After the abuse of people with learning disabilities in an institution - Winterbourne View, as seen on Panorama, you'd think that institutional abuse would get more publicity. But the financial overcharging of 16 people with learning disabilities by Wirral Borough Council - for which the courts have insisted the council repay £250,000 for overcharging since 2000 (with more to come from earlier), barely gets a mention.
There is a small article tucked away on the BBC website but little mention elsewhere and practically no 'pick up' by organizations such as Mencap - yet. Yet the implications are potentially enormous. The bullying of, and attempted 'payoff' of the whistleblower (which he turned down) are indicative of one problem which I suggest is as prevalent in many NHS and probably many Social Services Depts.. What is also an issue is that Wirral has been 'found out' whilst similar practices may well be going on in many other authorities.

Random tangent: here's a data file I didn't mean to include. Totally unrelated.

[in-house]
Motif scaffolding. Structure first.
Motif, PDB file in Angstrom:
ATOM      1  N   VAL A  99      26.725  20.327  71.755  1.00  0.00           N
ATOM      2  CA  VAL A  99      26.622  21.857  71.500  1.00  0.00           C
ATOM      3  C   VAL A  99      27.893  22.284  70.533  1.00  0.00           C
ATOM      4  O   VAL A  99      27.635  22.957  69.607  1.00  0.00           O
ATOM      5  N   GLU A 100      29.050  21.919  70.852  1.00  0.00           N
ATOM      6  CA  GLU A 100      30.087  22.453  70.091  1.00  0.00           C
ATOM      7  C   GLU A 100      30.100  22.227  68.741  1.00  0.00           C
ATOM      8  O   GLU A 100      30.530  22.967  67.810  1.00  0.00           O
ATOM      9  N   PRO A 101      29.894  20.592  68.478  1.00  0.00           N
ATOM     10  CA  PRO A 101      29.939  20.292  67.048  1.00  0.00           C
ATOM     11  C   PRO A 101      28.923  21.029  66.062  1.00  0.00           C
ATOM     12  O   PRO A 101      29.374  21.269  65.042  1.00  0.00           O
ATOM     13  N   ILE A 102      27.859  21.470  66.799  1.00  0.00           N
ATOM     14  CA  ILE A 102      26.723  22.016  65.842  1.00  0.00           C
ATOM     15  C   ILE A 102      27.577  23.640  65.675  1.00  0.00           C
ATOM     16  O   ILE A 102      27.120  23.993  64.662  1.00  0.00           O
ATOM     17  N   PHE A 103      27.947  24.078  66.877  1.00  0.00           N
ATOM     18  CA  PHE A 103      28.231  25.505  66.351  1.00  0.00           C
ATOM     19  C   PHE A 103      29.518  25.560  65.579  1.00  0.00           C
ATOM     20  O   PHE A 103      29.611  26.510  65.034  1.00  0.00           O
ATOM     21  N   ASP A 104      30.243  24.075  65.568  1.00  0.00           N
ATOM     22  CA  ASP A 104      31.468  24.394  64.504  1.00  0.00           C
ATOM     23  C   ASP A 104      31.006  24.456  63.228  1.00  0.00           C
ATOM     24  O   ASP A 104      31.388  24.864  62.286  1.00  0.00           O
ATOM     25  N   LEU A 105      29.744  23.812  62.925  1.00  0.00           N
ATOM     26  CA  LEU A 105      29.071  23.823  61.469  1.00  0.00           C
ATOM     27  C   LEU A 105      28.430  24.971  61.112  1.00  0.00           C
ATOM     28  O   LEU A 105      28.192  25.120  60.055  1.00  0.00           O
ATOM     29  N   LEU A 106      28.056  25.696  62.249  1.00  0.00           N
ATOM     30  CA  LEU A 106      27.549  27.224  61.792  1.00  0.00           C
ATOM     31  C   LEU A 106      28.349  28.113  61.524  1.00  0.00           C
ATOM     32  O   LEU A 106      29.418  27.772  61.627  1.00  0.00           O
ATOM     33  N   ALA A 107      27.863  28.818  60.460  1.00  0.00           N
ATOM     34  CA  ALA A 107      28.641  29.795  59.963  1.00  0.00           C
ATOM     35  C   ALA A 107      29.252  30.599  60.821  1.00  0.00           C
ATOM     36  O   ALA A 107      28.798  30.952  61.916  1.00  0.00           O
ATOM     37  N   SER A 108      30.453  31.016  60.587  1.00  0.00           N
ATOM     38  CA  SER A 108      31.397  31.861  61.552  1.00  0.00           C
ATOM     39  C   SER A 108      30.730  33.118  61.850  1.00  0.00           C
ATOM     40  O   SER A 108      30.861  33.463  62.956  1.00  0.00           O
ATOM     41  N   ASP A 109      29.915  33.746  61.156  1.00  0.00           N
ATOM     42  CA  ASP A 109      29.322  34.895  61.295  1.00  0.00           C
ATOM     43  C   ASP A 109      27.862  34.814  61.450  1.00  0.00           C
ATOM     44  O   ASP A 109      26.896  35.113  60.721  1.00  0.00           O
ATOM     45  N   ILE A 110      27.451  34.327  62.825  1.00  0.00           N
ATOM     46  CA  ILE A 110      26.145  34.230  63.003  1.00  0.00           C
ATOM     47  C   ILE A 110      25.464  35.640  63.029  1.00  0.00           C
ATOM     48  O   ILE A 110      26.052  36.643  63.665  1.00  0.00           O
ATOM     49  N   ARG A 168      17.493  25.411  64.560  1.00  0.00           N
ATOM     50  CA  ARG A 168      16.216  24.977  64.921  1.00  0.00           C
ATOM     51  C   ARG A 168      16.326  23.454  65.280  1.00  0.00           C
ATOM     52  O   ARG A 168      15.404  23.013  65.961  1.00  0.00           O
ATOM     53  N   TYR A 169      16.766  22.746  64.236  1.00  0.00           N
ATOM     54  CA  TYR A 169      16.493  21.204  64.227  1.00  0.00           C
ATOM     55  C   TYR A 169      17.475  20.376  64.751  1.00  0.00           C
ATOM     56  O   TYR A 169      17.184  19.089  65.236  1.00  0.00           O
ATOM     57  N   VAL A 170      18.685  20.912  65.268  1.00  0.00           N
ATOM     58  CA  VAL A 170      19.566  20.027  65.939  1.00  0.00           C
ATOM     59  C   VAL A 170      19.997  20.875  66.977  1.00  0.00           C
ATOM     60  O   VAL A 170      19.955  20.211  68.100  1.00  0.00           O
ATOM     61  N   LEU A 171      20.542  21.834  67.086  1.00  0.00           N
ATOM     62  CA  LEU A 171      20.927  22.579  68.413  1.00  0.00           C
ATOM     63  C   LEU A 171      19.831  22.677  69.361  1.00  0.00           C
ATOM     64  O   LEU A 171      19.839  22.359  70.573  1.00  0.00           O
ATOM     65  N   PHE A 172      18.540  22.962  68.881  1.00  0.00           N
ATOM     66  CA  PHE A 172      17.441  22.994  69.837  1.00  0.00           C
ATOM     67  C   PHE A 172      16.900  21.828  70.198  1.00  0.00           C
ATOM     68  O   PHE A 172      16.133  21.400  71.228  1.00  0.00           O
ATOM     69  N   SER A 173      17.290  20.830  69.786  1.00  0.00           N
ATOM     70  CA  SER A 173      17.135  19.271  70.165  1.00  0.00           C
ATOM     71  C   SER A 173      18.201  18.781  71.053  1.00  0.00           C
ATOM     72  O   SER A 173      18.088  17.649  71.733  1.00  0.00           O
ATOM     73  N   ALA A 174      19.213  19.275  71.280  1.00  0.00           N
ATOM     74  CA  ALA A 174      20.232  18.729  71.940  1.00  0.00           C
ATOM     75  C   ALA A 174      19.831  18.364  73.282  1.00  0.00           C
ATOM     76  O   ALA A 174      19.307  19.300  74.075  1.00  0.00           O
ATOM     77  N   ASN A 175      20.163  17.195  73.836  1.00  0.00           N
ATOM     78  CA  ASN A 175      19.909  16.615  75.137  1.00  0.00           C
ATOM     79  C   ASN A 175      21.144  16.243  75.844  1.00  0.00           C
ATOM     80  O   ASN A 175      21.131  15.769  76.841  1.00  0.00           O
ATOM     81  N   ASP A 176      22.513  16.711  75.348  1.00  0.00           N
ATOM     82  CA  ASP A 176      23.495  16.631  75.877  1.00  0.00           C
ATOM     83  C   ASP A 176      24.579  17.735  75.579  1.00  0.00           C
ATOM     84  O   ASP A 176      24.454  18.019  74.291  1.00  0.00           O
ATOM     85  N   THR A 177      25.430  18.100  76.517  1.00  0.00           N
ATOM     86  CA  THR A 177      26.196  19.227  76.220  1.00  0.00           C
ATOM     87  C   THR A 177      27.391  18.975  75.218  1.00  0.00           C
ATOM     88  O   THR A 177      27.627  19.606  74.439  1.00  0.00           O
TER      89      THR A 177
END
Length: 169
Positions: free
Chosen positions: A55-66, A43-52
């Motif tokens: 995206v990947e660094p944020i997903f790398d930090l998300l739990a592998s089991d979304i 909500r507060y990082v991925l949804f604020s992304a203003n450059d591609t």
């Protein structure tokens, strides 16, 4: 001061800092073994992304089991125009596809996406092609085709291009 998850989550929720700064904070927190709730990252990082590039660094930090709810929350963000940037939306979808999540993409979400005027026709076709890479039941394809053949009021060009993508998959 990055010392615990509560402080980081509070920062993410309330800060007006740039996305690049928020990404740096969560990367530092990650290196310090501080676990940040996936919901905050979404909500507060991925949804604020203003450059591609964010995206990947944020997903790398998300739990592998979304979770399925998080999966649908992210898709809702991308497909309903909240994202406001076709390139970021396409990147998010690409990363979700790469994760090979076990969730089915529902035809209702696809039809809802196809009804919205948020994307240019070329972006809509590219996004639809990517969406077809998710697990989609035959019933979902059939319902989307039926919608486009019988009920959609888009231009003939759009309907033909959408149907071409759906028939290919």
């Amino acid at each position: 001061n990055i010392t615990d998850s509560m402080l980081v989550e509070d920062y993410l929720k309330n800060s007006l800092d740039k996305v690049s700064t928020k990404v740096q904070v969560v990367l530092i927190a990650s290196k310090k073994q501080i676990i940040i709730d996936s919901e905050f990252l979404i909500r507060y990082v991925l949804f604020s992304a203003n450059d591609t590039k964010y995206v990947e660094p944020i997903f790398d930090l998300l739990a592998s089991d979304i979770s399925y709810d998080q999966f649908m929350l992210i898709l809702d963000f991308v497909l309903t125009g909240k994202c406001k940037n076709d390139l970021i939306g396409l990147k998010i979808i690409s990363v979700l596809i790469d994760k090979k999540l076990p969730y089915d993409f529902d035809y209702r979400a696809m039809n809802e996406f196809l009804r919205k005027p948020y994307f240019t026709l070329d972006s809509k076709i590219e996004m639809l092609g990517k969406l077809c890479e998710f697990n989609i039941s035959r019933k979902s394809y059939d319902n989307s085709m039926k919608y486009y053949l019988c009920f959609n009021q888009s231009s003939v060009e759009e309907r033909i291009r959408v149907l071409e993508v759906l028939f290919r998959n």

I'm not suggesting this was a malicious or mendacious abuse, (though the people who were given access to these people's bank accounts indicates desperately poor practice). Rather that it flags up what can happen when the priority is to get as much income in and pay out as little as possible by an authority with control over vulnerable peoples finances - and finance has a higher priority than service quality or vulnerable people's rights.
The current climate of cost cutting is a ripe environment for more of this sort of abuse to happen when the finance is more important than service. If Wirral is the only Borough doing this, I will be very surprised.